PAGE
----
2. At the end of the job produce an invoice for the work carried out – this also is produced in PDF format and usually contains various line items which include things such as hourly rate, cost of any materials used and other things which you might expect on an invoice such as invoice number, payment terms, and date.

Since BigChange started, as part of the monthly fee we offered customers a ‘standard’ layout for both these electronic document types. They weren’t going to win any design awards but they were, and remain functional in that they provide the information needed legibly, whilst ensuring they are appropriate for all industry sectors.

As time progressed and we explored different markets, our customers wanted to make these documents their own and have them fall in line with their company branding, making changes to the layout to suit their individual needs became more important. For these such requirements, our customers were invited to engage with our Professional Services team, who built (for a nominal charge) the document they were after.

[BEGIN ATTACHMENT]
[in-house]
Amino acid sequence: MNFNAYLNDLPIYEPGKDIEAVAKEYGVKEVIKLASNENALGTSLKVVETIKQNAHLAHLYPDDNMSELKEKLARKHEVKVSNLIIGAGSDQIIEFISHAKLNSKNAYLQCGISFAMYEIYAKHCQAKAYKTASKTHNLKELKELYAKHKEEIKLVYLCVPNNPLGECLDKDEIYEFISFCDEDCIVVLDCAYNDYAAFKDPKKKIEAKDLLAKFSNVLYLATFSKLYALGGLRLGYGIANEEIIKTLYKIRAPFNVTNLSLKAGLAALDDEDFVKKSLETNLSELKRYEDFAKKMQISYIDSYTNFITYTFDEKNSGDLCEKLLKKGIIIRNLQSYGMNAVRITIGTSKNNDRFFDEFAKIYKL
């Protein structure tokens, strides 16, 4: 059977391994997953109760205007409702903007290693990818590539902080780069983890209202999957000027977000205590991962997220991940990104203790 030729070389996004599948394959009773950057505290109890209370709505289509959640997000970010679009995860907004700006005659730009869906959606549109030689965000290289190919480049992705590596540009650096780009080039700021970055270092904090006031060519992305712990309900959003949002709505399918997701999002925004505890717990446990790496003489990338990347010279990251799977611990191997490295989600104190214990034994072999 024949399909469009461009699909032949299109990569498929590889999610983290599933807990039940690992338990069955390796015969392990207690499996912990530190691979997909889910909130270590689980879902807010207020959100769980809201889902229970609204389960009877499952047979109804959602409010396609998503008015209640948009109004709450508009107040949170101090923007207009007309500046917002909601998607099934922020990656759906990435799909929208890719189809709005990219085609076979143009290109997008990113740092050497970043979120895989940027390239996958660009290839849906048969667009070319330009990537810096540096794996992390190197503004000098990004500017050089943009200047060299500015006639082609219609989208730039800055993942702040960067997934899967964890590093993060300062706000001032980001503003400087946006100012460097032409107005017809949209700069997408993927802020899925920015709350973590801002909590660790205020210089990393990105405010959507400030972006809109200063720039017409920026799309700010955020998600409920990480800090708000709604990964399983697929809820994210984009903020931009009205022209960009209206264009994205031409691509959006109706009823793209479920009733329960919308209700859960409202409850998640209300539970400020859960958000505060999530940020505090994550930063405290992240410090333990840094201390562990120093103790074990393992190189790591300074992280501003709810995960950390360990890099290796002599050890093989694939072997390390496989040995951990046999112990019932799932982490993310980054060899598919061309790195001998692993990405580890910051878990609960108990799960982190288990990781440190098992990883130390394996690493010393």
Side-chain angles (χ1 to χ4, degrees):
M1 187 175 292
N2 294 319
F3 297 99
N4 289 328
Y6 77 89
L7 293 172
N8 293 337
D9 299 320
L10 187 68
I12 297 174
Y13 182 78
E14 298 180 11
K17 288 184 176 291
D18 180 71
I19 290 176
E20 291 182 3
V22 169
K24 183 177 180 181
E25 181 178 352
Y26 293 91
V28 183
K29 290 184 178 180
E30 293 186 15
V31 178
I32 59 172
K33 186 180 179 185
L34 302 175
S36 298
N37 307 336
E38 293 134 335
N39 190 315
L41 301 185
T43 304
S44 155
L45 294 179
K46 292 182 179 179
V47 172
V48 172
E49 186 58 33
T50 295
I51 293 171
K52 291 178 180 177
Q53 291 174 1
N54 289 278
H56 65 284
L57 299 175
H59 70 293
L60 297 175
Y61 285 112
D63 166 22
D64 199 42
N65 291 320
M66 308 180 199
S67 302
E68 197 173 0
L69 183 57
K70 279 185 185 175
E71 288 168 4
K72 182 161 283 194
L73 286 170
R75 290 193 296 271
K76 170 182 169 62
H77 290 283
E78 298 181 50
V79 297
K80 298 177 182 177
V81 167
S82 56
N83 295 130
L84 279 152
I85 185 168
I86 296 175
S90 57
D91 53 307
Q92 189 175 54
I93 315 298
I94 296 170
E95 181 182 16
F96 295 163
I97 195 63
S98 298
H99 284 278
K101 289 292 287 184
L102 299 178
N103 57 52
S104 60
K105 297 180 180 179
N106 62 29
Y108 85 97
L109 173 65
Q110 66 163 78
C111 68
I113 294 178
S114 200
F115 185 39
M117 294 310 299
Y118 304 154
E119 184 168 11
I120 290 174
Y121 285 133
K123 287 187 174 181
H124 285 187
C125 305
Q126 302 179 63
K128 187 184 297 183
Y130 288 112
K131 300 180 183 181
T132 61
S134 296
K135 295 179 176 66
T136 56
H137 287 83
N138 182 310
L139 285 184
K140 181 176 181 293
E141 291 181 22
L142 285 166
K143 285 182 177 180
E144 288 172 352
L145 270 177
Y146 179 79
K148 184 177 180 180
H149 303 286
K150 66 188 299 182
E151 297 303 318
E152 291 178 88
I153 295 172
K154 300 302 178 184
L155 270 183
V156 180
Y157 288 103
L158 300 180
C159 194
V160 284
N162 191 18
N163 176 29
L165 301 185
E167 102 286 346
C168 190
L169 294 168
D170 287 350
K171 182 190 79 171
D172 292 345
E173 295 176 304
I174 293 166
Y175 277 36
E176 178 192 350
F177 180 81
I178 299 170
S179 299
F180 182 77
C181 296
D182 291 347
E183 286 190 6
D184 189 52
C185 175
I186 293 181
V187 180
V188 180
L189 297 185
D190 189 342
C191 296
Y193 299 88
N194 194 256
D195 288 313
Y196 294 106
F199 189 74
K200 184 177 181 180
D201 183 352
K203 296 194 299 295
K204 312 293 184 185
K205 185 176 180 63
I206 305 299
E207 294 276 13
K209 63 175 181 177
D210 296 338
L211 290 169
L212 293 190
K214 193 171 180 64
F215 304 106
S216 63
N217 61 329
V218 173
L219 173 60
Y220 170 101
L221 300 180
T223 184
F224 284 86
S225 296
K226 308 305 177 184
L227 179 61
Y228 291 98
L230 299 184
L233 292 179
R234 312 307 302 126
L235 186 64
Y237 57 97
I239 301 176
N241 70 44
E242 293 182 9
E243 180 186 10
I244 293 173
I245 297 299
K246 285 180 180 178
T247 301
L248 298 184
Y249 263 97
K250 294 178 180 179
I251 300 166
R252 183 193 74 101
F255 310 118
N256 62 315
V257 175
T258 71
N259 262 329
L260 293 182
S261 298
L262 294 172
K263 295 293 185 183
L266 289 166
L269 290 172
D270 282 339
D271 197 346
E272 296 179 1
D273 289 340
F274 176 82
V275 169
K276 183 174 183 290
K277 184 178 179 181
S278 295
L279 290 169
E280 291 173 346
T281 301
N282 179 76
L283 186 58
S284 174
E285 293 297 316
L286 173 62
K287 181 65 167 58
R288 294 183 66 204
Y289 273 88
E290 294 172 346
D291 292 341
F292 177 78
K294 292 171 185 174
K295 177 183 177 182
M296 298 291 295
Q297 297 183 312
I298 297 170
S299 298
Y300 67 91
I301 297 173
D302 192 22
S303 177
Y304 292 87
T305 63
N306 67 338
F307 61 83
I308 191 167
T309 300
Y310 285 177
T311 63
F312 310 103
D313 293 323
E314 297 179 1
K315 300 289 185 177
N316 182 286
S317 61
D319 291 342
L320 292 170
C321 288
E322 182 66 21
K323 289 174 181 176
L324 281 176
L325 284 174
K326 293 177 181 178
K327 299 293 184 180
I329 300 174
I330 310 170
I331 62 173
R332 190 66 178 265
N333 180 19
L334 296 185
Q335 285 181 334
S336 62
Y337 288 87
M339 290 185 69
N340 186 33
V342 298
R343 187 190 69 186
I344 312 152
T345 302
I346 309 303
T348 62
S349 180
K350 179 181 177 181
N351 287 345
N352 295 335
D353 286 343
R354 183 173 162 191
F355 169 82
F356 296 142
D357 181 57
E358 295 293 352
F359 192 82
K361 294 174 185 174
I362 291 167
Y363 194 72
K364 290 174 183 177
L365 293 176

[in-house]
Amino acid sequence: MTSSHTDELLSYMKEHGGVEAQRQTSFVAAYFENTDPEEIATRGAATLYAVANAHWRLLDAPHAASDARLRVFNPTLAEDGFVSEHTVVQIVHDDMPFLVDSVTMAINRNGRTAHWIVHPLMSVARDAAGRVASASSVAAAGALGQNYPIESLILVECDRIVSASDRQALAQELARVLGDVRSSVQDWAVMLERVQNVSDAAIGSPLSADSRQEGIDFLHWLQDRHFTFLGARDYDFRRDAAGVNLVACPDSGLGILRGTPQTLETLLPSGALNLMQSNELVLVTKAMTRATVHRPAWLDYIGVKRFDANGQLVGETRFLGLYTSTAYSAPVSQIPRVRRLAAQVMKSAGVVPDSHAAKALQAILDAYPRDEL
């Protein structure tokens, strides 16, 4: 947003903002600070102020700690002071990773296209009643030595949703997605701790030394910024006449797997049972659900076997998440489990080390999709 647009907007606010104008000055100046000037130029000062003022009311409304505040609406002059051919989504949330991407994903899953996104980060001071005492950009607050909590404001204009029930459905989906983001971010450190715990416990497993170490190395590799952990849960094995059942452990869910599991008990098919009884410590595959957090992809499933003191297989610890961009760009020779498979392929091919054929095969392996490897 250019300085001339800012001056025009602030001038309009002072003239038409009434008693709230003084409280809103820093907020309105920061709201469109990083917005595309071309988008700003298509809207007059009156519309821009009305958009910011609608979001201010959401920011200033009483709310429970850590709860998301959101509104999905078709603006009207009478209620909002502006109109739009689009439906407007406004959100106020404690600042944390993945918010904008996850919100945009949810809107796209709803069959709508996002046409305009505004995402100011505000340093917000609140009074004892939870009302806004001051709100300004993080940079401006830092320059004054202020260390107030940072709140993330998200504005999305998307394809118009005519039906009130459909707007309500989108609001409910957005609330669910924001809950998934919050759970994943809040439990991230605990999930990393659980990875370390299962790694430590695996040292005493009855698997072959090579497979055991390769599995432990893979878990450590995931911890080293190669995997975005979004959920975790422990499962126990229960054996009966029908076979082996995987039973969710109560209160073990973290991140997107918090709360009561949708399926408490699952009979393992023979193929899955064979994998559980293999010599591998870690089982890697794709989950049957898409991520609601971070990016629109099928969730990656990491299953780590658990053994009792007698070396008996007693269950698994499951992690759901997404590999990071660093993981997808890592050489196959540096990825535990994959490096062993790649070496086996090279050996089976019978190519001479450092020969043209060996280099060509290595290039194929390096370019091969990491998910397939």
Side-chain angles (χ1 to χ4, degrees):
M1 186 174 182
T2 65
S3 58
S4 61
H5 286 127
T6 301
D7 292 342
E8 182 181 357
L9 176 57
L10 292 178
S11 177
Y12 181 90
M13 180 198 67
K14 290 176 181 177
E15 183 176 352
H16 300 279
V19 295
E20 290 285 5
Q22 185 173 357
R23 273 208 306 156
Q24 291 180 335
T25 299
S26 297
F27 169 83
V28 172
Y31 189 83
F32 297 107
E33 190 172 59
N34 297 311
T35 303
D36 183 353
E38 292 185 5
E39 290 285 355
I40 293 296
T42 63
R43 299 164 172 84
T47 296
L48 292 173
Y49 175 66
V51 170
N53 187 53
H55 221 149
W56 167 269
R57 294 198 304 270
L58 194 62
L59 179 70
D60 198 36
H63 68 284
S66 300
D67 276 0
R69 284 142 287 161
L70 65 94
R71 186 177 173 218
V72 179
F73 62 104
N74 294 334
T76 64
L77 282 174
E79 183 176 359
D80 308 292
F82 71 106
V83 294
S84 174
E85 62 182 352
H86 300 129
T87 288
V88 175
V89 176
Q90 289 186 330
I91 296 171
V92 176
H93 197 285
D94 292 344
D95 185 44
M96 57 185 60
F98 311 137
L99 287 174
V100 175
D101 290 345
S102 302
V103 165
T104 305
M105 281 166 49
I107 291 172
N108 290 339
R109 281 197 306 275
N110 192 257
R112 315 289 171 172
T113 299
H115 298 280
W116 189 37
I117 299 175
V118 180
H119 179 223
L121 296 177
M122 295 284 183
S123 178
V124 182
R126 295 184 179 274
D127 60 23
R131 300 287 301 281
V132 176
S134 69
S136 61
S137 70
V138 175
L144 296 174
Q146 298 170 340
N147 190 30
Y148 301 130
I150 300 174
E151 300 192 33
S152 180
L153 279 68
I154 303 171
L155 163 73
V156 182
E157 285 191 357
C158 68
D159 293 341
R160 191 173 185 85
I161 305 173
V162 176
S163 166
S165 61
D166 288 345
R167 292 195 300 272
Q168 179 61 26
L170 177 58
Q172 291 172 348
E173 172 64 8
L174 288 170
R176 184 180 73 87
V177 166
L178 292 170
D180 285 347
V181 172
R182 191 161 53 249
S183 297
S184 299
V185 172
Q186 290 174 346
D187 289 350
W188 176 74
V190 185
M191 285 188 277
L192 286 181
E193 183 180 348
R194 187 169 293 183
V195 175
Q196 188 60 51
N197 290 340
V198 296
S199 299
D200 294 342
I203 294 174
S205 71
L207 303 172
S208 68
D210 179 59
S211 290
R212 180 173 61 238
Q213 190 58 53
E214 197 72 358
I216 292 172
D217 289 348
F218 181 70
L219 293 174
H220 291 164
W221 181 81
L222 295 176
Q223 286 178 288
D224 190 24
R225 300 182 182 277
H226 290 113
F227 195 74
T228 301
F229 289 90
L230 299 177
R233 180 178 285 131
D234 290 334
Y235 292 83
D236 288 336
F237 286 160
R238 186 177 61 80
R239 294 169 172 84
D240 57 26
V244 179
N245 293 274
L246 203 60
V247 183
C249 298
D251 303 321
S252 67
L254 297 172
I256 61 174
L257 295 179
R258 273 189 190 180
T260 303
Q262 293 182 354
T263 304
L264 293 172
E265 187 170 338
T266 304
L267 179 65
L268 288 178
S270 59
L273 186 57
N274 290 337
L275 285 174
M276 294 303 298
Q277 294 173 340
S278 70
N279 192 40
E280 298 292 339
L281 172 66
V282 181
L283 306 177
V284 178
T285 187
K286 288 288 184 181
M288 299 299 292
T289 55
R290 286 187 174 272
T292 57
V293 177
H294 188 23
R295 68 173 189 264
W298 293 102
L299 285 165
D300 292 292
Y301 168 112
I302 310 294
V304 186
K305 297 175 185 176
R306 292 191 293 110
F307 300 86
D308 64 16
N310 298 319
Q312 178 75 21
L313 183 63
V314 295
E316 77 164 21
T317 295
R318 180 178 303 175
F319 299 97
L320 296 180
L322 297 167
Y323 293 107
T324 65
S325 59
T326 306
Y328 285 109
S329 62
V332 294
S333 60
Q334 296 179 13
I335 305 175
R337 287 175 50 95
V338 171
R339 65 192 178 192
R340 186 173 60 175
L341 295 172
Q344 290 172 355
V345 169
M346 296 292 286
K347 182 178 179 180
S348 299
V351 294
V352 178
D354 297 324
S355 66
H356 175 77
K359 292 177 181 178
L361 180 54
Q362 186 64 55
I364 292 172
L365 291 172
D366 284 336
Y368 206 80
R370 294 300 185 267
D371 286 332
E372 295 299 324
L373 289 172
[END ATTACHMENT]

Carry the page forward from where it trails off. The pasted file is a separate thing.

Up until 2016, these were the options we offered. 4 years ago that changed and we launched our Template Editor. At the time, this was groundbreaking as it gave customers the ability to not only create their email templates but simple PDF document designs as well. To ensure that the templates contained the right content we developed a suite of ‘keywords’ so that ‘Date’ inserted the current date, ‘Resource Name’ the name of the engineer who carried out the job, and ‘Job Result’ being the outcome of the job and so on.